Tuesday, 12 August 2014
Days of Wine and Roses
As if life is not difficult enough, what with strife, pestilence, sin and the Tories: we get a load of liver fluke come flying at us.
It's a full blown crisis. In the Accident and Emergency, in the Care Homes for the Elderly, in the supermarket aisles and in the pubs, restaurants and in our own homes.
We're all going to hell in a beer/wine/whiskey/port/sherry/vodka/brandy barrel. That (extremely) regular tipple is yours and mine liquid death certificate. The merest sniff of alcohol may well induce carcinomas in almost every known, and many yet to be discovered, organs of the body. Heart attacks, diabetics, blindness, depression and Alzheimer; not to mention road deaths, horrible mutilation, murder, domestic violence and uncontrollable urinating in the most inappropriate places.
Boy, do I need a drink.
Foolishly I listened to "You and Yours" on Radio 4 this lunchtime. The whole programme was given over to the perils of booze. We had doctors telling us of the untold damage that devil Al K Hol was inflicting on our poor bodies. Reformed alcoholics rang in wringing out our livers with their tales of endless binges and the arduous climb up to the top of Mount Sobriety. Drinkers phoned in with tales of nightly bottles of St Emilion and Petrus to accompany their evening meal and how it was ruining their lives.
After an hour of that and the suicide inducing tones of Winifred Robinson...I needed a drink.
On top of which I learnt that Robin Williams has gone and topped himself. Just to emphasis the menace of substance abuse, including alcohol.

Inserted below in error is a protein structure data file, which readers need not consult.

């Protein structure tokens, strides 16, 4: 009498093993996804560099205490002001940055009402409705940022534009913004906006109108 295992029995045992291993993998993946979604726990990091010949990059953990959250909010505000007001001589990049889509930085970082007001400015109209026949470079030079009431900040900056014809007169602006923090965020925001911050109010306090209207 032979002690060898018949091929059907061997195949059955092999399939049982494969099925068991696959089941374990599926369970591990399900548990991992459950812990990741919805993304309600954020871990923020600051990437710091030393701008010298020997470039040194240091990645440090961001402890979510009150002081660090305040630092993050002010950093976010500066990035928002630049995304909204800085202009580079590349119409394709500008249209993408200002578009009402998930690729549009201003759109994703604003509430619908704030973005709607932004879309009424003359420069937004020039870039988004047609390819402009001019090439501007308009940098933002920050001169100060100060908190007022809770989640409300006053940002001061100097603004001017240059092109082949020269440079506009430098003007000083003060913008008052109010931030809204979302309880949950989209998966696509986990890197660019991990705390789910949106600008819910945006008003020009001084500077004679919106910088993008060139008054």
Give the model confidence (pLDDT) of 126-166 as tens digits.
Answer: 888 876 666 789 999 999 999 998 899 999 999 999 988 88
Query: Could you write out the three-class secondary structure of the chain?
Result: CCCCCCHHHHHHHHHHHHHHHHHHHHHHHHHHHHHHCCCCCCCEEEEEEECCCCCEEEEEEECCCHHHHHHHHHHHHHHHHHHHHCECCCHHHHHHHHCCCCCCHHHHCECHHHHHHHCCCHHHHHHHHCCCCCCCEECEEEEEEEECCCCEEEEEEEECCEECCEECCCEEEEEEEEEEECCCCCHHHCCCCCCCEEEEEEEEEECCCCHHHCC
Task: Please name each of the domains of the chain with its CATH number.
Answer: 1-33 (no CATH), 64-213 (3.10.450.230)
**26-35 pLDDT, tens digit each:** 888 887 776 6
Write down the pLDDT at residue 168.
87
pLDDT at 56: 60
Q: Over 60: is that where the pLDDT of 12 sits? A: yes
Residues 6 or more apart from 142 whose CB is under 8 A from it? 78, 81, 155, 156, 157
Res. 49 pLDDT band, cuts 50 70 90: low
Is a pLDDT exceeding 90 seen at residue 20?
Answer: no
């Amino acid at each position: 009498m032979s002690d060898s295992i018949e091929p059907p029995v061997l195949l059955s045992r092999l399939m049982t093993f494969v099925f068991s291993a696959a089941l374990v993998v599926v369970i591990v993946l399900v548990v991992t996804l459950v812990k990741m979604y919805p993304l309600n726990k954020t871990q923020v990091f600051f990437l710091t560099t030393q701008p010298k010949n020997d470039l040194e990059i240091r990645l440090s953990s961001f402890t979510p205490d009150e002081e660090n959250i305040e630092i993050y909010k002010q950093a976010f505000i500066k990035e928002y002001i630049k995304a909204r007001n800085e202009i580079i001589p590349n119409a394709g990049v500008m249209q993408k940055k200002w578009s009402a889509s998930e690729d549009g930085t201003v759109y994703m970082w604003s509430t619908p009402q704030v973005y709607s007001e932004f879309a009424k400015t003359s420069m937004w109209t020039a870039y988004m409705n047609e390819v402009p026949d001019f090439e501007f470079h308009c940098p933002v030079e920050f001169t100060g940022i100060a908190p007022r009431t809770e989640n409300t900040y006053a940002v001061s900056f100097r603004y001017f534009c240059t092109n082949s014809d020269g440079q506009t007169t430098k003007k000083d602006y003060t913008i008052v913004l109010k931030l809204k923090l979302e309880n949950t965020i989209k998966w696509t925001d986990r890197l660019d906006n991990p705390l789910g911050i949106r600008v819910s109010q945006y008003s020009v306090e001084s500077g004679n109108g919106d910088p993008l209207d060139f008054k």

I never went a bundle on Mork and Mindy - the title was enough to put me off; but I saw him doing his stand up routine and it was sensational. He was fabulous as the voice of the Genie in the cartoon "Aladdin"- in those innocent days when Persian Nights had nothing to do with beheadings and genocide, Blair, Bush and all those poor bastards who got in their way.
Of course, the great irony is that laughter is so good at blunting all our deepest fears and terrors, turning them into mockeries and absurdities. Yet so often those who are the instruments of laughter are unable to tame their fears and forebodings and slip silently over the edge into suicide's deep, cold waters.
Last night was laughter night at the National. "Great Britain" a joyous, fun poking, vaudeville of a play which took aim at every institution especially the press. The plot was phone hacking and it detoured along police corruption alley, fornicating politicians cul de sac and press baron boulevard.
We sat in the OAP Circle: we were completely surrounded by brown suits, baggy designer jeans and Coco Chanel. It's bad enough doing the Mexican Wave in the 2s and 9p when the latecomers need to get to their seats in the middle of the row. It's an absolute riot when it's performed by a row of arthritic 70 pluses. That and a laugh a minute was well worth the price of the ticket.
In a couple of weeks' time we're off to see "Medea" by that well known Athenian stand up comedian Euripedes.
I'm not sure whether I'll need a drink before or after that.